December 16, 2011

THE SHOWBUZZDAILY REVIEW: “Mission Impossible: Ghost Protocol”

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Written by: Mitch Salem
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MISSION:  IMPOSSIBLE – GHOST PROTOCOL:  Worth A Ticket – Routine But Spectacular


With MISSION:   IMPOSSIBLE – GHOST PROTOCOL, Brad Bird makes the very unusual transition from animation auteur to live-action director.   Of course, since his animated work includes The Incredibles, one of the snazziest and smartest action-adventures of recent years, the leap isn’t as great as it might be for others.  And for a while, it appears as though Bird might triumphantly transfer his genius for space, movement and timing to real people and settings:  the opening sequences of MI4, an assassination and a jail-break (staged to Dean Martin singing “Ain’t That A Kick In the Head”), have a deftness and visual buoyancy that are completely new to the usually heavy-handed, moody universe of Mission: Impossible


Then, alas, the plot kicks in, and for all Bird’s skill and occasionally wonderful touches (in the scene where Cruise famously climbs a massive Dubai office tower, Bird practically turns an high-tech climbing glove into a Looney Tunes character), MI4 becomes another big-budget spectacle too overloaded and generic for its own good.  Any thriller that has as its MacGuffin the search for nuclear launch codes is at least 20 years too late, and MI4‘s storyline, credited to Josh Appelbaum and Andre Nemec (longtime members of producer J. J. Abrams’ writing brotherhood) seems to have been thawed out from late in the Cold War.

It’s a shame, really, because MI4 gets a lot of important elements just right.  Considering that Bird had never worked with live actors before other than as voice recordings, it’s remarkable how good he is with the performers.  Tom Cruise is infinitely more bearable here than he was in Knight and Day; Cruise is letting his age show (albeit in the way that Hollywood stars with unlimited resources permit themselves to age), and his slightly haggard, slightly tired air is becoming–it gives some weight to his derring-do.  Although he mugged unforgivably in Knight and Day, when he keeps himself in check, Cruise has always had a flair for subtle comedy, and Bird draws that out of him, especially when he interacts with Simon Pegg as another member of the IMF team.  (Pegg is also kept under commendably tight rein.)  Until he’s defeated by the movie’s one thudding attempt at a plot twist, Jeremy Renner is a fine addition to the group, a 1970s type action star who carries his own wariness and edge.  Paula Patton rounds out the leads, and here again, while she of course has her badass catfight scene, Bird doesn’t play her for the obvious angle of beauty-plus-violence.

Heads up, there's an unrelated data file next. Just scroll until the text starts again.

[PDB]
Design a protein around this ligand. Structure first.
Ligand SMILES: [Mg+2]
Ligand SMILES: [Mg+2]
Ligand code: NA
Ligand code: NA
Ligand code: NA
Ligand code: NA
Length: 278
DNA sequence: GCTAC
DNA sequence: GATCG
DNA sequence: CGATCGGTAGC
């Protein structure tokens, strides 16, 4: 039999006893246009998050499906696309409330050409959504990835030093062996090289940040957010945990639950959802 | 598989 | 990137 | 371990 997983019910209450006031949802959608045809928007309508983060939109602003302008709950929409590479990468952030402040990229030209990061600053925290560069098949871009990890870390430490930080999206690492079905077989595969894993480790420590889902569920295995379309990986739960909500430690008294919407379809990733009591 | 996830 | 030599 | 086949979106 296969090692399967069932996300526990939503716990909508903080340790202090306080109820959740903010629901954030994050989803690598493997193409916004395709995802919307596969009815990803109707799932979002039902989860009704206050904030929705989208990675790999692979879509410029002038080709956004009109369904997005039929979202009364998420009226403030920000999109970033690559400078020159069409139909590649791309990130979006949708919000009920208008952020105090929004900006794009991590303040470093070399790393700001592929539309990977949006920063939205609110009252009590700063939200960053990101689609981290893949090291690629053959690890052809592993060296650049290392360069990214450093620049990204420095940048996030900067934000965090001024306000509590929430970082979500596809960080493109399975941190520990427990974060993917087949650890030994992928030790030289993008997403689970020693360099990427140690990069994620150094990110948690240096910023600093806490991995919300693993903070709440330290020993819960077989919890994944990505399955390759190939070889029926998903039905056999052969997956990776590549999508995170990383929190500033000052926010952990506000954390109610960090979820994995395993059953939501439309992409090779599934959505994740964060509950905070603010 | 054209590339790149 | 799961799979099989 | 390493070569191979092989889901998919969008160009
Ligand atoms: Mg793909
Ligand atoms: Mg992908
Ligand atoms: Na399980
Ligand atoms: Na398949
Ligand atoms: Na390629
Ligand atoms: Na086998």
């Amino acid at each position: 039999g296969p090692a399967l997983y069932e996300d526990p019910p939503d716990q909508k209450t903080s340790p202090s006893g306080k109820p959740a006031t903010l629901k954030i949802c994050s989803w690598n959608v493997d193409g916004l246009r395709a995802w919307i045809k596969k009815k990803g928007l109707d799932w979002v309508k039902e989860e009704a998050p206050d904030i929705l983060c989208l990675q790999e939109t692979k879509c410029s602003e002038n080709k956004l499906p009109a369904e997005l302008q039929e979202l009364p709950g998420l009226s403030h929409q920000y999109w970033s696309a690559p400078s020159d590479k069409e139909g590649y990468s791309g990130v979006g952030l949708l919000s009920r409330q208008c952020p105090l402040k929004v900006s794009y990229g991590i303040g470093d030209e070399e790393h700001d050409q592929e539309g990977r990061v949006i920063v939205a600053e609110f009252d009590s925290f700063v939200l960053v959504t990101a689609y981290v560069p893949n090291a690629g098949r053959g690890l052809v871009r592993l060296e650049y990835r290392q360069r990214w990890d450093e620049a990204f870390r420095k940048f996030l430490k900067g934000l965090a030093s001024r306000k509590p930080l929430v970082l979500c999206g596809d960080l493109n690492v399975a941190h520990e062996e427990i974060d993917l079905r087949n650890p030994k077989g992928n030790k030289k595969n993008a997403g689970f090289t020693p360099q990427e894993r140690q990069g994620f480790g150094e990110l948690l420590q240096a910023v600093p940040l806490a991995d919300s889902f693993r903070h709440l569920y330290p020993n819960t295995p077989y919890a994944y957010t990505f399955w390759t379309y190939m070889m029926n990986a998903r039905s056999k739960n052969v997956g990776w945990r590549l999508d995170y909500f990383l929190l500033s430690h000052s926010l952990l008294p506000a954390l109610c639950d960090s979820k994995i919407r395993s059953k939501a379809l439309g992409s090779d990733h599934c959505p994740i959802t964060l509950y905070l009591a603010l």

Apart from its rote and overly padded (133 minutes) storyline, MI4 ends up derailed by its utterly bland villain, that dealer in nuclear codes, who has a ridiculous motive and as played by Michael Nyqvist (Blomkvist in the Swedish Dragon Tattoo films), no presence at all–I kept waiting for the revelation that he was just henchman to the real villain, but no such luck.  Of the baddies, only Lea Seydoux (the sweet girl Owen Wilson meets at the antique stand in Midnight In Paris) has any evil heat.  The picture is also oddly unbalanced, with the best action sequences coming at the beginning and middle (that climb up the Dubai office tower), with a relatively weak conclusion out of a second-caliber Bond movie.  (What would these pictures do without bombs that come equipped with Abort buttons?)

Mission: Impossible – Ghost Protocol is fair entertainment, especially if you have the opportunity to see it in real Imax, because chunks of the film were shot in that format, and the giant shots of Dubai, Budapest, Moscow and other locales are breathtaking.  Here, as in every other way, the picture makes great use of Grade A Hollywood craftsmanship:  photography by Robert Elswit, music by Michael Giacchino (incorporating, of course, Lalo Schifrin’s immortal theme), editing by Paul Hirsch, production design by James D. Bissell.   MI4 is far better than its main competition for the action-movie franchise audience this holiday season, Sherlock Holmes:  Game of Shadows.  But there was potential here for an adventure as thrilling in live action as Brad Bird’s Incredibles is in animation.  That, it seems, was ultimately a mission truly not possible.

About the Author

Mitch Salem
MITCH SALEM has worked on the business side of the entertainment industry for 20 years, as a senior business affairs executive and attorney for such companies as NBC, ABC, USA, Syfy, Bravo, and BermanBraun Productions, and before that, at the NY law firm of Weil, Gotshal & Manges. During all that, he has more or less constantly been going to the movies and watching TV, and writing about both since the 1980s. His film reviews also currently appear on and In addition, he is co-writer of an episode of the television series "Felicity."